Child care professionals should be paid well for their essential work.
Child care professionals perform an essential role of loving, caring for and teaching our children, and they enable people to join and stay in the workforce. They are the workforce behind the workforce.
While the Governor’s Office of Workforce Transformation deemed early childhood education as a “critical job” in Ohio, early childhood education professionals in Ohio are deeply undervalued and underpaid. Child care professionals are paid a median wage of just $13.15 an hour. Women make up 95% of the child care workforce in Ohio and child care professionals are disproportionately Black women — a present-day reminder that America’s system for providing child care has its roots in slavery.
Federal lawmakers have perpetuated low pay for child care workers by excluding them, and other domestic workers, from major labor laws, such as the National Labor Relations Act and the Fair Labor Standards Act, which enabled workers in many sectors to form unions. Former Governor John Kasich also took away collective bargaining rights from child care workers.
Since the pandemic, child care professionals have been leaving the field due to the low wages and the emergence of more competitive job opportunities in other sectors. There were an estimated 5,710 fewer Ohio child care employees in May 2022 than there were in May of 2019, according to employment estimates from the Bureau of Labor Statistics.
Low wages for child care professionals have led to a child care crisis in Ohio. It’s a major reason why many child care providers are struggling to recruit and retain staff. When child care providers don’t have enough staff, they serve fewer families. According to a November 2022 Action for Children report, approximately 7,500 more children could be served if child care providers in Central Ohio were operating at maximum capacity. Four out of five center-based child care providers reported staff shortages and trying to hire more early educators.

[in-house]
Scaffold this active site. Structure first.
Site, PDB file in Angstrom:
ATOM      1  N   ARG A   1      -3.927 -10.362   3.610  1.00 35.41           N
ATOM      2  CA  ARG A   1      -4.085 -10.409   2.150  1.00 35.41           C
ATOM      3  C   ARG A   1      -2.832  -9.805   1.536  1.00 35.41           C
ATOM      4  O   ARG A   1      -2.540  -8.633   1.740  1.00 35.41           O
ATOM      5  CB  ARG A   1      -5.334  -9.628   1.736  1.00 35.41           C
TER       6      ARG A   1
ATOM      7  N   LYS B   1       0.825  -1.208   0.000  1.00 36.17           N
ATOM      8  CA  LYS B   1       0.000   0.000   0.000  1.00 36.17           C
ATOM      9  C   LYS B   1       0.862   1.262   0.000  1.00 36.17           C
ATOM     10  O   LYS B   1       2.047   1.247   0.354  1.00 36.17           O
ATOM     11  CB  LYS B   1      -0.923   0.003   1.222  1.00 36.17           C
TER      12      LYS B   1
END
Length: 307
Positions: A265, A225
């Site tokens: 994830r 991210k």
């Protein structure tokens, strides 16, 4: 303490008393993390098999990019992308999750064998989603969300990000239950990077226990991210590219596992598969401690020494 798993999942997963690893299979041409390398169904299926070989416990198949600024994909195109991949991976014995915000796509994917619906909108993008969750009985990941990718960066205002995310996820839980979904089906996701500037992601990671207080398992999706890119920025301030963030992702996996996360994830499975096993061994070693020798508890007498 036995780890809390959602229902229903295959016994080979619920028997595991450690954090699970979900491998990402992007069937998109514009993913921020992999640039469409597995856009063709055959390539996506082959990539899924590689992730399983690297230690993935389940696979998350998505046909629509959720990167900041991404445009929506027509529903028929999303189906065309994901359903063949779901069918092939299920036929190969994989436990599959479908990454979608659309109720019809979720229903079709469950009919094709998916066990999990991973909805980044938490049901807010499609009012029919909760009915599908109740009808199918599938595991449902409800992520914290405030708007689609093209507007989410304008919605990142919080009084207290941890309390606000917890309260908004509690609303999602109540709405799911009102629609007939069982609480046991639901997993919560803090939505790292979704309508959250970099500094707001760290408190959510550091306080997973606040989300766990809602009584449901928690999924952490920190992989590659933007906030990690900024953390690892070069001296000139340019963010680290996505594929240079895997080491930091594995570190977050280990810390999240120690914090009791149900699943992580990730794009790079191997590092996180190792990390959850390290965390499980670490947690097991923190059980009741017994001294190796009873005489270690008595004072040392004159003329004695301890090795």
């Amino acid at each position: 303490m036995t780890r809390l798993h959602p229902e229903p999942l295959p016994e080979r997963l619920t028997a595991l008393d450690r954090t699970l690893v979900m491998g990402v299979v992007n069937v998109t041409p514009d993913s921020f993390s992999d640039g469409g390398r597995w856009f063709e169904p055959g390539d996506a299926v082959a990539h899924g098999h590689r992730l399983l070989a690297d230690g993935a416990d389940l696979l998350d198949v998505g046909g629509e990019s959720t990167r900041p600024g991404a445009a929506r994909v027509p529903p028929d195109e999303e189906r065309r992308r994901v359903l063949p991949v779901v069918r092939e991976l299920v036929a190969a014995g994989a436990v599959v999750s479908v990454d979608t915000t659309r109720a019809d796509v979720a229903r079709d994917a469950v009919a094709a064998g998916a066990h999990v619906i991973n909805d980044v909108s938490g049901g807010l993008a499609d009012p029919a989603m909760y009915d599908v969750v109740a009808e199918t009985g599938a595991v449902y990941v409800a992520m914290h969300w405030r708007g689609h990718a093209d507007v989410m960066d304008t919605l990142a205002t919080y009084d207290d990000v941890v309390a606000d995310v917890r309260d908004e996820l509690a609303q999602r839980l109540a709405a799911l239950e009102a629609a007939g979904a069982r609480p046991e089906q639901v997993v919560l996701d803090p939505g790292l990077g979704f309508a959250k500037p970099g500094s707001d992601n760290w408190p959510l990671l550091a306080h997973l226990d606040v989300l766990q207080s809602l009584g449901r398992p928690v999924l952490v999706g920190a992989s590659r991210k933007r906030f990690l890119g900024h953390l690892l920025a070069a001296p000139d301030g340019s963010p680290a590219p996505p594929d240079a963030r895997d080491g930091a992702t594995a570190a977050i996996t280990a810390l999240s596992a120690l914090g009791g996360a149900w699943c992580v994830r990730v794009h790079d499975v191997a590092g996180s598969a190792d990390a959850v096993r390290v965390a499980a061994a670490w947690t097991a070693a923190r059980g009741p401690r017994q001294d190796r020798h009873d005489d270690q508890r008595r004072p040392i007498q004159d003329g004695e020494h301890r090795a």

High staff turnover harms children, because stable relationships with trusted adults are critical to young children’s development. High turnover also increases burnout among those who remain. Lawmakers can reduce turnover by ensuring child care workers are paid wages that make it worthwhile to stay in the profession.
Governor DeWine’s budget proposal would have supported the child care workforce with a $150 million appropriation to ensure that child care professionals (and those in other critical occupations) could afford child care for their own children. The House eliminated that funding. Lawmakers in the Senate should restore it.
The state of Ohio reimburses child care providers for serving children who receive public support. The rate at which providers are reimbursed is based on a market rate survey of child care providers. Roughly 75% of those surveyed in 2022 received funding from Ohio’s Publicly Funded Child Care program. As such, the system perpetuates the status quo of low wages, inadequate benefits, and limited capacity. Basing reimbursement rates on the market rate survey also doesn’t account for inflation, creating a system that, according to the Center for American Progress, bases future payments on a “broken system of the past.”
Ohio should create a new system of cost modeling to set reimbursement rates for child care providers. This would enable the state to account for the full cost of high-quality child care, including wages that reflect the real value of child care work — at least $20 an hour — and family-sustaining benefits, and factor for inflation. Such a system would also help the state plan for the future and make other long-term investments to expand the supply and improve the quality of child care in Ohio.
We have enough to fund our future.
We have enough resources in Ohio to pay child care professionals a living wage and for all children to get the child care they need to thrive. However, some policymakers have chosen to direct our public funds elsewhere. Since 2005, Ohio lawmakers have shifted public resources away from families who are paid low wages and toward the wealthy and well-connected through tax cuts and special-interest giveaways. As a result, the wealthiest 1% of Ohio households are taking home on average over $50,000 every year in tax cuts. Meanwhile, Ohio households making less than $65,000 are, on average, paying more in taxes today compared to their state and local taxes in 2005. These tax cuts have drained $8 billion a year from Ohio’s budget. Some of those dollars could be going toward making high-quality child care more affordable for families while improving pay for the people caring for Ohio’s children.
1 of 22